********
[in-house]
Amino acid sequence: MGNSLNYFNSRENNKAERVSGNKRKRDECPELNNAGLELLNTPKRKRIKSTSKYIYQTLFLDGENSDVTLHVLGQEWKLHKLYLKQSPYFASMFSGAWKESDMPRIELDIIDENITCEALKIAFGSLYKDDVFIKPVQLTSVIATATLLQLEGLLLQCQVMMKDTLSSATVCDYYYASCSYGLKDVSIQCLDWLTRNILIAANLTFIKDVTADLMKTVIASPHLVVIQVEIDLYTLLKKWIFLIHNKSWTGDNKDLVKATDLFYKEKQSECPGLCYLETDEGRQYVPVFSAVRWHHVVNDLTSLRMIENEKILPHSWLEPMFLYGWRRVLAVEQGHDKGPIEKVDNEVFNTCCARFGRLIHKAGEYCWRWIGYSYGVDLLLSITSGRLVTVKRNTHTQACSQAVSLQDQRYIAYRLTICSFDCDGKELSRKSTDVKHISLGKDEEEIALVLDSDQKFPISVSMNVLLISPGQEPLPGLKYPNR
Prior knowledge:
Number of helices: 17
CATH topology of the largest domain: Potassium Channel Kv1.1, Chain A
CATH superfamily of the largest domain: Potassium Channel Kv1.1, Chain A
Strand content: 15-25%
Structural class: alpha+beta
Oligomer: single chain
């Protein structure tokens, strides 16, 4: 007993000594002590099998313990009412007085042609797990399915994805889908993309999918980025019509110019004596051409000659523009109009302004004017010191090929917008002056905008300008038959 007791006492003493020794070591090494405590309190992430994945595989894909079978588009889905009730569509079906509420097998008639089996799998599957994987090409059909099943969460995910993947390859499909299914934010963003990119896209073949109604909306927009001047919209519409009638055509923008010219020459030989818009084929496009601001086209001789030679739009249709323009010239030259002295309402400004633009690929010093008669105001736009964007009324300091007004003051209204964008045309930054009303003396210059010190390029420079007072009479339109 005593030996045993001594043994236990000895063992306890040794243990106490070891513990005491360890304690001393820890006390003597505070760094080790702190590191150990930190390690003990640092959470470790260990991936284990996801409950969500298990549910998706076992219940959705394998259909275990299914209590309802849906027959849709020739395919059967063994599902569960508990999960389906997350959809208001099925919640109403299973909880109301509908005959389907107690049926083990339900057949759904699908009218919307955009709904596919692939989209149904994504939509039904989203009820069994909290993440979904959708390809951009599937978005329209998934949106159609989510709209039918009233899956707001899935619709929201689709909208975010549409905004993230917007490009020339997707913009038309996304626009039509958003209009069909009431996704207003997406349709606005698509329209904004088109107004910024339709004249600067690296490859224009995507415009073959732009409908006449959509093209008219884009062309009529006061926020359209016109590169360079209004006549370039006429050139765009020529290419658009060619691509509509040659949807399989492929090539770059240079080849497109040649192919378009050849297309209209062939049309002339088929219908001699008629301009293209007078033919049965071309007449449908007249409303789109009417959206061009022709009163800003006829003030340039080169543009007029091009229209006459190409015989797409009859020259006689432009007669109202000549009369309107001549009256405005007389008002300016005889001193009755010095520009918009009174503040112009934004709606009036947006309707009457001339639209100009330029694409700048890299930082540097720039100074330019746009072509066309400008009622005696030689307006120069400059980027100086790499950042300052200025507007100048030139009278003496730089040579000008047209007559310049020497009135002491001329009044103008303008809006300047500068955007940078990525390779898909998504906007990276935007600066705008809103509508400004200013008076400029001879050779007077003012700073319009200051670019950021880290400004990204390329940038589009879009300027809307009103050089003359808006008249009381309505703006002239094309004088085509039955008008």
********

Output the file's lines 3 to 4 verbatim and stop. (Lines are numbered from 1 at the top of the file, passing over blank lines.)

Prior knowledge:
Number of helices: 17